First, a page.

Integral form of Navier-Stokes Equation

In summary: Thus, the total flux of momentum across ##V## is$$\rho\vec{u}=\partial_t \rho+\vec{\nabla}(\rho \vec{v}),$$and the total pressure across ##V## is$$P\rho=\vec{\nabla}(\rho \vec{v}).$$In summary, the Navier-Stokes equation may be written as: if we have a fixed volume (a so-called control volume) then the integral of throughout V yields, with the help of Gauss' theorem: the definition of Gauss' theorem: could someone show me how to go from the integral
  • #1
FluidStu
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The Navier-Stokes equation may be written as:
upload_2016-6-9_9-44-35.png


If we have a fixed volume (a so-called control volume) then the integral of throughout V yields, with the help of Gauss' theorem:
upload_2016-6-9_9-44-20.png

(from 'Turbulence' by Davidson).

The definition of Gauss' theorem:
upload_2016-6-9_9-44-2.png


Could someone show me how to go from the integral over the control volume to the closed surface integrals on the left of the second equation? Do we need to use Leibniz's integral rule or Reynolds Transport theorem?
 
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  • #2
FluidStu said:
The Navier-Stokes equation may be written as:
View attachment 101838

If we have a fixed volume (a so-called control volume) then the integral of throughout V yields, with the help of Gauss' theorem:
View attachment 101837
(from 'Turbulence' by Davidson).

The definition of Gauss' theorem:
View attachment 101836

Could someone show me how to go from the integral over the control volume to the closed surface integrals on the left of the second equation? Do we need to use Leibniz's integral rule or Reynolds Transport theorem?
I think you meant "right", not "left". The first equation assumes that the density is constant, so you can multiply both sides by ##\rho##. You have the identity:
$$\rho\vec{u}\cdot \nabla \vec{u}+\rho \vec{u}\nabla \cdot \vec{u}=\nabla \cdot (\rho \vec{u} \vec{u})$$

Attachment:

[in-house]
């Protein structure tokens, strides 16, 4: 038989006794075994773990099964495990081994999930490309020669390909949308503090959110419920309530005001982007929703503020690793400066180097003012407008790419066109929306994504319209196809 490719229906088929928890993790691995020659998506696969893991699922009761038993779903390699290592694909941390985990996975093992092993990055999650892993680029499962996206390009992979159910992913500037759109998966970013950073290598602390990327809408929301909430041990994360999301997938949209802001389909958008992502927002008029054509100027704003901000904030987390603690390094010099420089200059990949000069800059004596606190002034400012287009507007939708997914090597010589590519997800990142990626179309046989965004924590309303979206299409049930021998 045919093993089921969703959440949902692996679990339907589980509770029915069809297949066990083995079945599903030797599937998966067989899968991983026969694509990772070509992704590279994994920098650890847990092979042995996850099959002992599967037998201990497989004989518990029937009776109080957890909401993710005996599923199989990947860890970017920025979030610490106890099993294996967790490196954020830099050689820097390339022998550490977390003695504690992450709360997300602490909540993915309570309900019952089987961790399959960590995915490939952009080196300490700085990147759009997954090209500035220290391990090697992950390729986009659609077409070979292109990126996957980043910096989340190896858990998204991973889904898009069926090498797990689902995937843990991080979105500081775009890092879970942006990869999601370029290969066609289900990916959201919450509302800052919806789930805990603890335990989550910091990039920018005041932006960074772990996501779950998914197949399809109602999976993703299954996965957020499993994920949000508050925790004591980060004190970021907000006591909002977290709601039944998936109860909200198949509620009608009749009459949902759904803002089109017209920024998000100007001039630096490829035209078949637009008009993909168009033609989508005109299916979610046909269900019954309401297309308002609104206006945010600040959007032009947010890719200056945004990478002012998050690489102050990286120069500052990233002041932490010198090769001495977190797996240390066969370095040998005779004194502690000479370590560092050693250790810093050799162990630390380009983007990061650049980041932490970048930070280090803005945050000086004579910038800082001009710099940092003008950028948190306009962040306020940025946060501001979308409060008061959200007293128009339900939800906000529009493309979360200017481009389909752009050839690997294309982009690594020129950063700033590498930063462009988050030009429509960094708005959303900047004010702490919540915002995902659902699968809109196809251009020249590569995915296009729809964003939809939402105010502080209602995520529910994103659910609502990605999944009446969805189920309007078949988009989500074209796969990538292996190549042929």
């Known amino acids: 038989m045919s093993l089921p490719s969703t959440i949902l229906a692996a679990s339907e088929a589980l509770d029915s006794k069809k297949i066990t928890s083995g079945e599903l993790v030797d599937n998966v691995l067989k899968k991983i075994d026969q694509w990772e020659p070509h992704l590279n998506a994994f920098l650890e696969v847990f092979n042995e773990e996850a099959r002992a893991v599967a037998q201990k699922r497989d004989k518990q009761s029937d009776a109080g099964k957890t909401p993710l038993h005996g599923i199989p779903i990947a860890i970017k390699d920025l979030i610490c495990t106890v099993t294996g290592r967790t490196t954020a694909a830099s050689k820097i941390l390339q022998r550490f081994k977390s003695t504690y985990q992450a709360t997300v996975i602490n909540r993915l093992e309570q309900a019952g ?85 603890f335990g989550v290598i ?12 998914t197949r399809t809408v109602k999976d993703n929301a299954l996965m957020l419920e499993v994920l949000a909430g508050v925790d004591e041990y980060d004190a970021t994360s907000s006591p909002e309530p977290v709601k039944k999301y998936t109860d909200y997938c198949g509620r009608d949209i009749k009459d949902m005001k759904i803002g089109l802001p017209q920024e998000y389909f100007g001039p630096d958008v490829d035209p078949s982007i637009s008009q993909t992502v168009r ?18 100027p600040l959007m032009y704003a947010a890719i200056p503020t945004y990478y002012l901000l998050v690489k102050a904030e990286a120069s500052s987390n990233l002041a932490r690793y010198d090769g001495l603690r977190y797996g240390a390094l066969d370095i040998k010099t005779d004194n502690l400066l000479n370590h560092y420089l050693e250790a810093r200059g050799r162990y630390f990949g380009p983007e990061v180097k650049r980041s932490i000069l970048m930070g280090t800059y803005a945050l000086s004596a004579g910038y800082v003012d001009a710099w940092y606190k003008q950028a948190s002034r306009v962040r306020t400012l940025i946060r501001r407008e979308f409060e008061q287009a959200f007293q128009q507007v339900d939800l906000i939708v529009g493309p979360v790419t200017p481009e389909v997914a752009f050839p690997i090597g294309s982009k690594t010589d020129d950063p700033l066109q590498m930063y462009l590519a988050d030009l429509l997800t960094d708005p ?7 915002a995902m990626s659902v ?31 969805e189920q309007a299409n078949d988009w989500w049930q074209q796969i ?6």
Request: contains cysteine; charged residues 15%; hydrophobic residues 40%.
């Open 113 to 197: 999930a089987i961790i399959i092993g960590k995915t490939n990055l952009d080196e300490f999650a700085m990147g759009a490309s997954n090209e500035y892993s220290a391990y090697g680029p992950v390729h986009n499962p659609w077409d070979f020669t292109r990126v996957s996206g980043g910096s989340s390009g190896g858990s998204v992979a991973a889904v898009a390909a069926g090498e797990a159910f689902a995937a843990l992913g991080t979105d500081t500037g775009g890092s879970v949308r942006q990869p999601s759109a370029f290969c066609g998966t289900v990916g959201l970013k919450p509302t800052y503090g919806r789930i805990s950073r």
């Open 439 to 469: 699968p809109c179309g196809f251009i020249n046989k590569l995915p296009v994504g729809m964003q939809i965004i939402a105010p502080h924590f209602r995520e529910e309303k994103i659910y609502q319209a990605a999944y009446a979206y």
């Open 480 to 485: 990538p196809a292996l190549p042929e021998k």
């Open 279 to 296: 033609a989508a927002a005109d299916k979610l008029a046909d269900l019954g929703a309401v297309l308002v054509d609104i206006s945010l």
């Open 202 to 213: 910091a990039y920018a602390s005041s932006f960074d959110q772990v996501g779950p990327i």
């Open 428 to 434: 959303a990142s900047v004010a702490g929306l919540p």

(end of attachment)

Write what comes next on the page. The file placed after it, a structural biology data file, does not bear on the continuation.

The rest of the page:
But, for an incompressible fluid, the second term on the left is equal to zero. Therefore, $$\rho\vec{u}\cdot \nabla \vec{u}=\nabla \cdot (\rho \vec{u} \vec{u})$$
Does this help?
 
  • #3
Chestermiller said:
I think you meant "right", not "left". The first equation assumes that the density is constant, so you can multiply both sides by ##\rho##. You have the identity:
$$\rho\vec{u}\cdot \nabla \vec{u}+\rho \vec{u}\nabla \cdot \vec{u}=\nabla \cdot (\rho \vec{u} \vec{u})$$
But, for an incompressible fluid, the second term on the left is equal to zero. Therefore, $$\rho\vec{u}\cdot \nabla \vec{u}=\nabla \cdot (\rho \vec{u} \vec{u})$$
Does this help?

I have not encountered this identity. Secondly, the RHS of the identity has two vectors multiplied, which I don't understand since vector multiplication is either dot product, cross product or combinations thereof?
 
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  • #4
FluidStu said:
Firstly, I can't see why the author chose to represent the material derivative as (U.∇)U - I've previously always encountered it as U.(∇U), which makes more intuitive sense to me. Clearly these must be the same, but I can't see how?
Write it out in component form for Cartesian coordinates and you will see how.
Secondly, I have not encountered this identity.
Again, write it out in component form for Cartesian coordinates.
Thirdly, the RHS of the identity has two vectors multiplied, which I don't understand since vector multiplication is either dot product, cross product or combinations thereof?